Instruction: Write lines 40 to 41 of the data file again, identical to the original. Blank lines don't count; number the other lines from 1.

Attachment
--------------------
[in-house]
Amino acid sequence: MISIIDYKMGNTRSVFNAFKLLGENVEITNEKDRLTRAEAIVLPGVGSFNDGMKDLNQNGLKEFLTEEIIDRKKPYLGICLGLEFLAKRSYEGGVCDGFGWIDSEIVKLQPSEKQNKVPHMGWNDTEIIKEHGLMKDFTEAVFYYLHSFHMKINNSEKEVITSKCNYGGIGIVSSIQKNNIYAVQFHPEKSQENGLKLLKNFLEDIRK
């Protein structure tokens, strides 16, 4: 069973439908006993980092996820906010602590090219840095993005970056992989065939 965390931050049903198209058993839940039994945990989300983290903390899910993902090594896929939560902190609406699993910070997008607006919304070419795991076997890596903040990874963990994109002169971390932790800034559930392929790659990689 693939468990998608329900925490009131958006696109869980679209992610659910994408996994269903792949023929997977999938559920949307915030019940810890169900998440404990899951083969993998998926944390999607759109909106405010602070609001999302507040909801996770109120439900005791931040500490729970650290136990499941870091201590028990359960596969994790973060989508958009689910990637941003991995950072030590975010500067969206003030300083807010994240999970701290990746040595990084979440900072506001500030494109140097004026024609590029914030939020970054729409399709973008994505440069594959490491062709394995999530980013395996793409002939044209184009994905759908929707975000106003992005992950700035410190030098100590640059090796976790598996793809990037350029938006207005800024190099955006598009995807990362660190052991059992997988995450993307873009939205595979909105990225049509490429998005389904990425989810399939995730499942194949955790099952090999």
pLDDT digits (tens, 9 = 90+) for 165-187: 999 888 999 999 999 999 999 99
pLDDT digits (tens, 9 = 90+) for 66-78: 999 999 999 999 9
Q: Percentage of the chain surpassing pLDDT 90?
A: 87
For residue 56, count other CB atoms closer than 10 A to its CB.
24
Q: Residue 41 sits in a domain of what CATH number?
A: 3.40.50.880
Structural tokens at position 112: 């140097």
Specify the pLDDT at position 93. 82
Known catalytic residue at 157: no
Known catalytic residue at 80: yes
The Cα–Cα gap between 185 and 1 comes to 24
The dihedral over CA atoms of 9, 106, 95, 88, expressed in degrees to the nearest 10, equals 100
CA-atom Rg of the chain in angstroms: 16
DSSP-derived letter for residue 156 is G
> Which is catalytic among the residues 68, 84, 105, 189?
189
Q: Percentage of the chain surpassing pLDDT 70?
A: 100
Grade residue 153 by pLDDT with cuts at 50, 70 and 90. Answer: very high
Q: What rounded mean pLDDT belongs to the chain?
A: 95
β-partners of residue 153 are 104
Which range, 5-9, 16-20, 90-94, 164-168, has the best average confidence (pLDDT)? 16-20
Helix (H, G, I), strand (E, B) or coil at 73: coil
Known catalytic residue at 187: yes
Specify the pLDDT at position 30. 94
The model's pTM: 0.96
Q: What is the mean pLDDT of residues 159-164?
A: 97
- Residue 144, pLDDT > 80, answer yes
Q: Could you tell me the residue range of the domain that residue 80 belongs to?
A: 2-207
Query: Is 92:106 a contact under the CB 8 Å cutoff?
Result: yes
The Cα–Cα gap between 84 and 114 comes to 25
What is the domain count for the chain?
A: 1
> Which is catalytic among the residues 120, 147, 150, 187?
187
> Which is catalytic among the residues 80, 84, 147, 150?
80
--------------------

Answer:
The Cα–Cα gap between 84 and 114 comes to 25
What is the domain count for the chain?